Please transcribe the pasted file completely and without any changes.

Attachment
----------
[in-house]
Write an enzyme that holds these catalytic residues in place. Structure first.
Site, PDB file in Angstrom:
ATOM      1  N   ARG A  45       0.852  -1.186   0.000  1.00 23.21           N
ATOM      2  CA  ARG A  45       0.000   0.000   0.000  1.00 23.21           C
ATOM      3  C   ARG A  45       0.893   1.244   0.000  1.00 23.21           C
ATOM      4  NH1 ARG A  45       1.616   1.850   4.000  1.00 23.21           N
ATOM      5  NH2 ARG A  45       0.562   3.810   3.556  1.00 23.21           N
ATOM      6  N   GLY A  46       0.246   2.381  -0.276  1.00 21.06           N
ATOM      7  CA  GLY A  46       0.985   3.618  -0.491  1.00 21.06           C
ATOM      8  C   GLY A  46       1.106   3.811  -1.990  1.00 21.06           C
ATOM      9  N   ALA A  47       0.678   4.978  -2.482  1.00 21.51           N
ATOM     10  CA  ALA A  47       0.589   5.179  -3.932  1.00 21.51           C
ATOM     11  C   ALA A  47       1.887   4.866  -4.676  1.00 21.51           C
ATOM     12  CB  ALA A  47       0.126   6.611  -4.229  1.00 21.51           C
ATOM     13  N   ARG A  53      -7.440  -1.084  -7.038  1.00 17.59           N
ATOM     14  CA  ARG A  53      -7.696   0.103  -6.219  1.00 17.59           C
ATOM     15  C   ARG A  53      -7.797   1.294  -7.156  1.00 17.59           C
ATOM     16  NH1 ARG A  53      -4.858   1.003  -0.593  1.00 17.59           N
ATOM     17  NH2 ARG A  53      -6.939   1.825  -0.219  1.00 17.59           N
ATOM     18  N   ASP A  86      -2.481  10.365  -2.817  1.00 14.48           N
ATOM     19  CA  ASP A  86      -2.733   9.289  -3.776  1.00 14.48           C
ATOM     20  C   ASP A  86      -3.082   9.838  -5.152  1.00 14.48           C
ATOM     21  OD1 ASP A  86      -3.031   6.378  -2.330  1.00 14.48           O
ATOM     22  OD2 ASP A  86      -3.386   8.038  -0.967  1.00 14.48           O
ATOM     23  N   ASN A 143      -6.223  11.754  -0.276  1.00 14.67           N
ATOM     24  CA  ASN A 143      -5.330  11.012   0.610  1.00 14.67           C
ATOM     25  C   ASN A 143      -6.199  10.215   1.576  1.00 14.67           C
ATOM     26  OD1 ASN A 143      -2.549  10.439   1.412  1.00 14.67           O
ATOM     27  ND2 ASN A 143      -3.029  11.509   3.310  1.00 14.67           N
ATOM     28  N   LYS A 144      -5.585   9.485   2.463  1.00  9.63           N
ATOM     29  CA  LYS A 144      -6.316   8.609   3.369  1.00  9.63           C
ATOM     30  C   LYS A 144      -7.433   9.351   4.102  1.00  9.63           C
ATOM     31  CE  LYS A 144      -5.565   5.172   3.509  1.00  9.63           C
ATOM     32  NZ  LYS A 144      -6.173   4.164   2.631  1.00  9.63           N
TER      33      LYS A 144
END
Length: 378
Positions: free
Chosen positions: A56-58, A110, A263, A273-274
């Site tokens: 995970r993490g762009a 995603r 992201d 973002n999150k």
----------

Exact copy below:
[in-house]
Write an enzyme that holds these catalytic residues in place. Structure first.
Site, PDB file in Angstrom:
ATOM      1  N   ARG A  45       0.852  -1.186   0.000  1.00 23.21           N
ATOM      2  CA  ARG A  45       0.000   0.000   0.000  1.00 23.21           C
ATOM      3  C   ARG A  45       0.893   1.244   0.000  1.00 23.21           C
ATOM      4  NH1 ARG A  45       1.616   1.850   4.000  1.00 23.21           N
ATOM      5  NH2 ARG A  45       0.562   3.810   3.556  1.00 23.21           N
ATOM      6  N   GLY A  46       0.246   2.381  -0.276  1.00 21.06           N
ATOM      7  CA  GLY A  46       0.985   3.618  -0.491  1.00 21.06           C
ATOM      8  C   GLY A  46       1.106   3.811  -1.990  1.00 21.06           C
ATOM      9  N   ALA A  47       0.678   4.978  -2.482  1.00 21.51           N
ATOM     10  CA  ALA A  47       0.589   5.179  -3.932  1.00 21.51           C
ATOM     11  C   ALA A  47       1.887   4.866  -4.676  1.00 21.51           C
ATOM     12  CB  ALA A  47       0.126   6.611  -4.229  1.00 21.51           C
ATOM     13  N   ARG A  53      -7.440  -1.084  -7.038  1.00 17.59           N
ATOM     14  CA  ARG A  53      -7.696   0.103  -6.219  1.00 17.59           C
ATOM     15  C   ARG A  53      -7.797   1.294  -7.156  1.00 17.59           C
ATOM     16  NH1 ARG A  53      -4.858   1.003  -0.593  1.00 17.59           N
ATOM     17  NH2 ARG A  53      -6.939   1.825  -0.219  1.00 17.59           N
ATOM     18  N   ASP A  86      -2.481  10.365  -2.817  1.00 14.48           N
ATOM     19  CA  ASP A  86      -2.733   9.289  -3.776  1.00 14.48           C
ATOM     20  C   ASP A  86      -3.082   9.838  -5.152  1.00 14.48           C
ATOM     21  OD1 ASP A  86      -3.031   6.378  -2.330  1.00 14.48           O
ATOM     22  OD2 ASP A  86      -3.386   8.038  -0.967  1.00 14.48           O
ATOM     23  N   ASN A 143      -6.223  11.754  -0.276  1.00 14.67           N
ATOM     24  CA  ASN A 143      -5.330  11.012   0.610  1.00 14.67           C
ATOM     25  C   ASN A 143      -6.199  10.215   1.576  1.00 14.67           C
ATOM     26  OD1 ASN A 143      -2.549  10.439   1.412  1.00 14.67           O
ATOM     27  ND2 ASN A 143      -3.029  11.509   3.310  1.00 14.67           N
ATOM     28  N   LYS A 144      -5.585   9.485   2.463  1.00  9.63           N
ATOM     29  CA  LYS A 144      -6.316   8.609   3.369  1.00  9.63           C
ATOM     30  C   LYS A 144      -7.433   9.351   4.102  1.00  9.63           C
ATOM     31  CE  LYS A 144      -5.565   5.172   3.509  1.00  9.63           C
ATOM     32  NZ  LYS A 144      -6.173   4.164   2.631  1.00  9.63           N
TER      33      LYS A 144
END
Length: 378
Positions: free
Chosen positions: A56-58, A110, A263, A273-274
């Site tokens: 995970r993490g762009a 995603r 992201d 973002n999150k």